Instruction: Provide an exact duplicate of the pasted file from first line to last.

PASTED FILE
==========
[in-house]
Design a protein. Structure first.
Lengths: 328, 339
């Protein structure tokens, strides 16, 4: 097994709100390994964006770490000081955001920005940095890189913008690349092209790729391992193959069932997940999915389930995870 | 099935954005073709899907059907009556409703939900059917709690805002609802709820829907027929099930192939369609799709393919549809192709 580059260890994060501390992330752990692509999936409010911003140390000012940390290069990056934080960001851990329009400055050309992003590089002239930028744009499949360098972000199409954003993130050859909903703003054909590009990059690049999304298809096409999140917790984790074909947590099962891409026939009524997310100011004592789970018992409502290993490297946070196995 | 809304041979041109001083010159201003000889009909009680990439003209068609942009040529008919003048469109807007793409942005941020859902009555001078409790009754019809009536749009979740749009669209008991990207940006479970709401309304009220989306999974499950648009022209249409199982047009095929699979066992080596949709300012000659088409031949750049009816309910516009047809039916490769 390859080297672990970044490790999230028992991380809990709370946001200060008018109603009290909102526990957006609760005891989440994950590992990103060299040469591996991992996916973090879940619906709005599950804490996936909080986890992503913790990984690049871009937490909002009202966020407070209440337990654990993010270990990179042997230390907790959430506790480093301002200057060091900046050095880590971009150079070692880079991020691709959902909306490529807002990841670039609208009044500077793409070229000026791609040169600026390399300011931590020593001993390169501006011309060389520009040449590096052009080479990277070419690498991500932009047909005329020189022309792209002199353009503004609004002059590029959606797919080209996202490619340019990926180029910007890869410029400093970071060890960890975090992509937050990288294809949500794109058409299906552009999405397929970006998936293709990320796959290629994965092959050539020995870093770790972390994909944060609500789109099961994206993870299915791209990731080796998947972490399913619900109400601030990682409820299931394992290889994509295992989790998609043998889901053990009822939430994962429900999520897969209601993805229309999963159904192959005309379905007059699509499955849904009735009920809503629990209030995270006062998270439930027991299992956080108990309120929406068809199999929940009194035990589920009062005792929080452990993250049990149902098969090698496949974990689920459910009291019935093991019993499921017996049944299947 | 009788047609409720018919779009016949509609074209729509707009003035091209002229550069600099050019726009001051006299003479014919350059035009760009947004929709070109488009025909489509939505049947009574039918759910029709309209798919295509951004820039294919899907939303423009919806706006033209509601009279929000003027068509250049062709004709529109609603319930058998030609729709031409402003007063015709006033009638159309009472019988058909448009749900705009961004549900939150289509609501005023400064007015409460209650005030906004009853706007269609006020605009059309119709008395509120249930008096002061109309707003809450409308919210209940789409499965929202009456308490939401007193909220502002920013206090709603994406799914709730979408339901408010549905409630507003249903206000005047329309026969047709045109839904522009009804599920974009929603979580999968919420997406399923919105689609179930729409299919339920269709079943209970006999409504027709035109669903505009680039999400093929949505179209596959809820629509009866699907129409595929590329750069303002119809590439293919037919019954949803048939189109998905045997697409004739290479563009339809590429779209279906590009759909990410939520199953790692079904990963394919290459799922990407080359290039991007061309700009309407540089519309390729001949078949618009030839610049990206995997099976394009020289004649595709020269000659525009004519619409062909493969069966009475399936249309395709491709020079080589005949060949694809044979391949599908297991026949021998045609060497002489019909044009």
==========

[in-house]
Design a protein. Structure first.
Lengths: 328, 339
């Protein structure tokens, strides 16, 4: 097994709100390994964006770490000081955001920005940095890189913008690349092209790729391992193959069932997940999915389930995870 | 099935954005073709899907059907009556409703939900059917709690805002609802709820829907027929099930192939369609799709393919549809192709 580059260890994060501390992330752990692509999936409010911003140390000012940390290069990056934080960001851990329009400055050309992003590089002239930028744009499949360098972000199409954003993130050859909903703003054909590009990059690049999304298809096409999140917790984790074909947590099962891409026939009524997310100011004592789970018992409502290993490297946070196995 | 809304041979041109001083010159201003000889009909009680990439003209068609942009040529008919003048469109807007793409942005941020859902009555001078409790009754019809009536749009979740749009669209008991990207940006479970709401309304009220989306999974499950648009022209249409199982047009095929699979066992080596949709300012000659088409031949750049009816309910516009047809039916490769 390859080297672990970044490790999230028992991380809990709370946001200060008018109603009290909102526990957006609760005891989440994950590992990103060299040469591996991992996916973090879940619906709005599950804490996936909080986890992503913790990984690049871009937490909002009202966020407070209440337990654990993010270990990179042997230390907790959430506790480093301002200057060091900046050095880590971009150079070692880079991020691709959902909306490529807002990841670039609208009044500077793409070229000026791609040169600026390399300011931590020593001993390169501006011309060389520009040449590096052009080479990277070419690498991500932009047909005329020189022309792209002199353009503004609004002059590029959606797919080209996202490619340019990926180029910007890869410029400093970071060890960890975090992509937050990288294809949500794109058409299906552009999405397929970006998936293709990320796959290629994965092959050539020995870093770790972390994909944060609500789109099961994206993870299915791209990731080796998947972490399913619900109400601030990682409820299931394992290889994509295992989790998609043998889901053990009822939430994962429900999520897969209601993805229309999963159904192959005309379905007059699509499955849904009735009920809503629990209030995270006062998270439930027991299992956080108990309120929406068809199999929940009194035990589920009062005792929080452990993250049990149902098969090698496949974990689920459910009291019935093991019993499921017996049944299947 | 009788047609409720018919779009016949509609074209729509707009003035091209002229550069600099050019726009001051006299003479014919350059035009760009947004929709070109488009025909489509939505049947009574039918759910029709309209798919295509951004820039294919899907939303423009919806706006033209509601009279929000003027068509250049062709004709529109609603319930058998030609729709031409402003007063015709006033009638159309009472019988058909448009749900705009961004549900939150289509609501005023400064007015409460209650005030906004009853706007269609006020605009059309119709008395509120249930008096002061109309707003809450409308919210209940789409499965929202009456308490939401007193909220502002920013206090709603994406799914709730979408339901408010549905409630507003249903206000005047329309026969047709045109839904522009009804599920974009929603979580999968919420997406399923919105689609179930729409299919339920269709079943209970006999409504027709035109669903505009680039999400093929949505179209596959809820629509009866699907129409595929590329750069303002119809590439293919037919019954949803048939189109998905045997697409004739290479563009339809590429779209279906590009759909990410939520199953790692079904990963394919290459799922990407080359290039991007061309700009309407540089519309390729001949078949618009030839610049990206995997099976394009020289004649595709020269000659525009004519619409062909493969069966009475399936249309395709491709020079080589005949060949694809044979391949599908297991026949021998045609060497002489019909044009």